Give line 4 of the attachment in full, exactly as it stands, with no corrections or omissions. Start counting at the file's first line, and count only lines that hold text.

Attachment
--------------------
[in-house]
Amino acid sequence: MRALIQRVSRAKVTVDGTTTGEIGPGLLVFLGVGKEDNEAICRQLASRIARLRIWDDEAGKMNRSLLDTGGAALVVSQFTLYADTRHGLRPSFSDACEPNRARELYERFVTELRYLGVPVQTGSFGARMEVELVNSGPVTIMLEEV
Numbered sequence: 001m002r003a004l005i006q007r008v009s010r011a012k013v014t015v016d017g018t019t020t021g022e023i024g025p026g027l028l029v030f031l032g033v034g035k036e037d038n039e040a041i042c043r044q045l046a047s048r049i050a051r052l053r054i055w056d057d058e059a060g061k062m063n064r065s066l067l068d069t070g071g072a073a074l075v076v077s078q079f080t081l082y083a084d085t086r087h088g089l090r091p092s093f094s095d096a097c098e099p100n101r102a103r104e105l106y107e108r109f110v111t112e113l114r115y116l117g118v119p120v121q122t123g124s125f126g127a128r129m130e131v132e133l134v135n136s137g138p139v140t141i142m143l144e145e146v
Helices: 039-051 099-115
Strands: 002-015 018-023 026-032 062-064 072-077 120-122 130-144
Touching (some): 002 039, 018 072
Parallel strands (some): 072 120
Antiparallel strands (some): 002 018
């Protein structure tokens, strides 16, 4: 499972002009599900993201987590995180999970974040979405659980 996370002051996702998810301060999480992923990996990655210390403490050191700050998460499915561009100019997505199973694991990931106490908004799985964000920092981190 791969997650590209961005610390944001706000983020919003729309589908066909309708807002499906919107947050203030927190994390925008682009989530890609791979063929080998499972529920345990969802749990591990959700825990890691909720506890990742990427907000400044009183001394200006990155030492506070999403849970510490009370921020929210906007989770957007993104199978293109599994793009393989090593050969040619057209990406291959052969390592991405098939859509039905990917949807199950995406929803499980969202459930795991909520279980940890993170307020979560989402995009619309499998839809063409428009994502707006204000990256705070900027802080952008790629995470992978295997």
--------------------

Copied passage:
Helices: 039-051 099-115